Fathers’ Rights Law Firm

The Law Offices of Schlissel DeCorpo is one of the premier fathers’ rights law firms in the country. Our attorneys have more than ninety years of combined legal experience in handling fathers’ rights cases. We litigate divorce matters, orders of protection, child custody, child visitation, child support, spousal maintenance (alimony), child abuse and child neglect proceedings. In addition, we deal with CPS and ACS problems related to child abuse and child neglect. When our clients lose their jobs or have reduced income, we bring proceedings to reduce child support payments. We litigate numerous cases each year involving issues concerning paternity, equitable distribution, grandparents’ rights and high net worth divorces. We also are negotiating separation agreements, prenuptial and postnuptial agreements. Feel free to contact us for a free consultation.

Are Non-Modifiable § 516 Non-Marital Child Support Agreements Unconstitutional?

father-son-holding-handsAs an office that has a very strong Matrimonial and Family practice, it is with great interest that we read Noeleen Walder’s recent article in the New York Law Journal (“NYLJ,” subscription required). She reported that the current non-modifiable status of § 516 child support agreements for non-marital children, may soon be changing.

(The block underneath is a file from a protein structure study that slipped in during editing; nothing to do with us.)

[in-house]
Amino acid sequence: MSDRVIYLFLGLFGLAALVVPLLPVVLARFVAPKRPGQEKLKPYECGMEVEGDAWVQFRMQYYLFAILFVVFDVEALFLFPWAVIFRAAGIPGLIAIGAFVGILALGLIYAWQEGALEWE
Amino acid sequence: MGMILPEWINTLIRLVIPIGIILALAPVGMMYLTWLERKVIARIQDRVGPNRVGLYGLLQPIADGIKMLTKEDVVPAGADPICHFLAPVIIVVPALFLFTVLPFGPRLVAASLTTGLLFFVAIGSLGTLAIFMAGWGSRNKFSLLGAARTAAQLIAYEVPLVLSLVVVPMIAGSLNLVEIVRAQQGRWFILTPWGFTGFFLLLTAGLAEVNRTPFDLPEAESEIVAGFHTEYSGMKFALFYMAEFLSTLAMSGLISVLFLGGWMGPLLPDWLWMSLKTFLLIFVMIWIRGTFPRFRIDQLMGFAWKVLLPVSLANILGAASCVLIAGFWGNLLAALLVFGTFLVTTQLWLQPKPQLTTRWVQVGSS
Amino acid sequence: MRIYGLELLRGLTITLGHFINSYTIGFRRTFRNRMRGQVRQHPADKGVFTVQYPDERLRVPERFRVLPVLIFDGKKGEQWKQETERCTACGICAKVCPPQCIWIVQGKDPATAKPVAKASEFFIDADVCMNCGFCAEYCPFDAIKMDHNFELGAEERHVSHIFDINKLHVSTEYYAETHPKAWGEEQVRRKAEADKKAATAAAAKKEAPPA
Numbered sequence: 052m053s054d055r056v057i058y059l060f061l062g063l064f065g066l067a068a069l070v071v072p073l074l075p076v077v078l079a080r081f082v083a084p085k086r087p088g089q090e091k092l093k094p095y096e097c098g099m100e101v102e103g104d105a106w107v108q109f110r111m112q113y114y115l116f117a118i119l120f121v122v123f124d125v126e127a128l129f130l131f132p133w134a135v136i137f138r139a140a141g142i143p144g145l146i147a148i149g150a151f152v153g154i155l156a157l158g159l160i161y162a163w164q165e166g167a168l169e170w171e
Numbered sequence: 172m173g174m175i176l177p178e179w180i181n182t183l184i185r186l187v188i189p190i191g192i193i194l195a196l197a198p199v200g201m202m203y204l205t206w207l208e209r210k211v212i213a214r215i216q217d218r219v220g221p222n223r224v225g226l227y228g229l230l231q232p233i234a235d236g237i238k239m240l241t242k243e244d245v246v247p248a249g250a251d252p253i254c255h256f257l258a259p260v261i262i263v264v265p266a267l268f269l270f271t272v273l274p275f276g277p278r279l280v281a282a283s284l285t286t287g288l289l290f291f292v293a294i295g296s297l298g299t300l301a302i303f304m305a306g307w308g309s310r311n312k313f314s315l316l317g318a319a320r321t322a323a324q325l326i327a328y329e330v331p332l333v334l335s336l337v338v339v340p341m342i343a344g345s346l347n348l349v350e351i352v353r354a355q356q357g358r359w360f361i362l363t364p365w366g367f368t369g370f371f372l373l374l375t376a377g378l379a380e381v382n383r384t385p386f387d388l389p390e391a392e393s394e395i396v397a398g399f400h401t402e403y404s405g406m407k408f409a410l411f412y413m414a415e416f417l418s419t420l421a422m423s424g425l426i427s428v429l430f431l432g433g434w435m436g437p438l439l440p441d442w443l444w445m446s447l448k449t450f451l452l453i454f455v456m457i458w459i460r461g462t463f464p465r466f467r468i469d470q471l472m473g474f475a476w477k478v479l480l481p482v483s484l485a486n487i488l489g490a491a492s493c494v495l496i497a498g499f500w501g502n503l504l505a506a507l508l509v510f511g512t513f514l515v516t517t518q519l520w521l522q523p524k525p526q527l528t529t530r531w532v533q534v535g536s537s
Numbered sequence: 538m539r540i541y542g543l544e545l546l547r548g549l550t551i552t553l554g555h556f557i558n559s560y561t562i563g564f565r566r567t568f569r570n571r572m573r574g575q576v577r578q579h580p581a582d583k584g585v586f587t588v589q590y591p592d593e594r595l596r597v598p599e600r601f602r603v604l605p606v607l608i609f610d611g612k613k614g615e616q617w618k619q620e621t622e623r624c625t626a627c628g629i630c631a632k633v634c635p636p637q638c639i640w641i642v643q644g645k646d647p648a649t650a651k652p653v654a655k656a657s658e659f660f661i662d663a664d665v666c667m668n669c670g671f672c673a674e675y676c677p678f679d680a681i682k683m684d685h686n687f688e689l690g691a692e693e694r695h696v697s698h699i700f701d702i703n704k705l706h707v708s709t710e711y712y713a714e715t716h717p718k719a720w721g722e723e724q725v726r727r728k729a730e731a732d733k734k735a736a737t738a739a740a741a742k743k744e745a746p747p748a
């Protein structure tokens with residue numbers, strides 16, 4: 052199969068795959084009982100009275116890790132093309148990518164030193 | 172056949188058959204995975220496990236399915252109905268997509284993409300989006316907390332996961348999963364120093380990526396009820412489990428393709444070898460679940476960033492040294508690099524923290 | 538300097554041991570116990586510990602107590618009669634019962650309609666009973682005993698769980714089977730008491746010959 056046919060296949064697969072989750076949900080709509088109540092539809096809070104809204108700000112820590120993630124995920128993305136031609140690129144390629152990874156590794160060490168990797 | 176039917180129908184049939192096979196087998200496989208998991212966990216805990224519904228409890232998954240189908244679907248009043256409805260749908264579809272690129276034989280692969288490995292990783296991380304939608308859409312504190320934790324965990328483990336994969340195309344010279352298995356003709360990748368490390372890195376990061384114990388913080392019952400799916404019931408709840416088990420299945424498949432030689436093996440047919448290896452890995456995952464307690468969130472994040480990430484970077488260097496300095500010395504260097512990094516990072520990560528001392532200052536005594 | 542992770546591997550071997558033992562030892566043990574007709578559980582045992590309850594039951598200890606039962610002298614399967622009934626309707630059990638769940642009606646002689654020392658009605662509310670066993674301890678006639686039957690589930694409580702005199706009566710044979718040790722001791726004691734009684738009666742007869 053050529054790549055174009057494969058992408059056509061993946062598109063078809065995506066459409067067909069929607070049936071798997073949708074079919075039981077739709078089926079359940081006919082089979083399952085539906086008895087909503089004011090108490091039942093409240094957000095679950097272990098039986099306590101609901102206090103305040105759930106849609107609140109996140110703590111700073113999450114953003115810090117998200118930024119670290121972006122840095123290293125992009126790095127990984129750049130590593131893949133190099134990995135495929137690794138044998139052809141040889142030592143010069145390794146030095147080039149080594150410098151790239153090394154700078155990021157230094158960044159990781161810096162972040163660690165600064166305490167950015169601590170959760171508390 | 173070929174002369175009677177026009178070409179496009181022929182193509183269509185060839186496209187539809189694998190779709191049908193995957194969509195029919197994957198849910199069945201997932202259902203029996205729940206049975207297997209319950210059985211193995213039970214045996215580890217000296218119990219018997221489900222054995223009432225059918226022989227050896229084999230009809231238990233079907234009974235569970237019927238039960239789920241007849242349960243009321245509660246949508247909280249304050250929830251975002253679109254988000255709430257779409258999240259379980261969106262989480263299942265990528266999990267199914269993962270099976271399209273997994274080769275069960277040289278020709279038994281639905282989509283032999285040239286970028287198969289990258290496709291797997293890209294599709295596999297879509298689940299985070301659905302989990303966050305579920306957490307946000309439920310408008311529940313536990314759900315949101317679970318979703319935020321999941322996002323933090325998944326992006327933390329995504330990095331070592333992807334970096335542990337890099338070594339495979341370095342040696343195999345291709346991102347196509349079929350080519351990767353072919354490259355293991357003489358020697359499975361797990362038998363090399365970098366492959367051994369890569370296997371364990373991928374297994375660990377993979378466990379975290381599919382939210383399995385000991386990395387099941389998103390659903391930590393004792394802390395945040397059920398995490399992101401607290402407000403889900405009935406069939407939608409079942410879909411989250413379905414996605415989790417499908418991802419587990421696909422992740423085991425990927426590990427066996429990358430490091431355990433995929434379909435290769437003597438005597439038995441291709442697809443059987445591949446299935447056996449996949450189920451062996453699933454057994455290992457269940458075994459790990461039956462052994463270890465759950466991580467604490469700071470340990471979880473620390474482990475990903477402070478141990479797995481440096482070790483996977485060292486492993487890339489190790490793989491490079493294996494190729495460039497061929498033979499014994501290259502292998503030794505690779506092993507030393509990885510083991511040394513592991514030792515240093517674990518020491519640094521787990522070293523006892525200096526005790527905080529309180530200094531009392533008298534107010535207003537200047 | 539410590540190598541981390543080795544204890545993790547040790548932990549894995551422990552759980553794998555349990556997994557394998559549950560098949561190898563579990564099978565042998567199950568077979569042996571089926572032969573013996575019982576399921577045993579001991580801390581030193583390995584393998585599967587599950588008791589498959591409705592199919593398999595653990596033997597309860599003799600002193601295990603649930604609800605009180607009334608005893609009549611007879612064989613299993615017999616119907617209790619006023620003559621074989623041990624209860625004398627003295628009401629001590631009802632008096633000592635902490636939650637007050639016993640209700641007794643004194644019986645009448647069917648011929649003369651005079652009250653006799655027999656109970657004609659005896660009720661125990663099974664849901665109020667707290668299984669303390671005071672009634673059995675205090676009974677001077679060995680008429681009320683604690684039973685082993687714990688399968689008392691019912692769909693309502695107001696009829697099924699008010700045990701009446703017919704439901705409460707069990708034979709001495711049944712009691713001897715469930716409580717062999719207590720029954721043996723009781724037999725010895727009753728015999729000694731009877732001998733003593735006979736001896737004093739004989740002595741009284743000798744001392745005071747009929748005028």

Child Support agreements between the parents of children who were born in the context of marriage may be modified without court approval. But child support agreements made between parents of a child born out of wedlock may only be modified by court order, and not by mutual agreement, pursuant to § 516 of NY’s Family Court Act.

According to the NYLJ, the Appellate Division, First Department, in the unanimous decision in Barbara N. v. James H.N., 4399, invalidated a § 516 non-marital child support agreement. While not directly ruling on the constitutional question, the panel held that “to the extent that the statute precludes attempts to reverse support agreements for non-marital children, its constitutionality is questionable.”

What is the constitutional question? Child Support compromises are valid without court order for marital children but not for non-marital children. This poses an Equal Protection problem under the 14th Amendment. The panel suggested that § 516 does not offer equal protection under the law by treating marital children differently from non-marital children.

Based on this and other objections, some state legislators have proposed repealing § 516, and therefore A02578/S2975 is currently before the state Assembly and the Senate Codes Committee.

Picture courtesy of Gov Gab.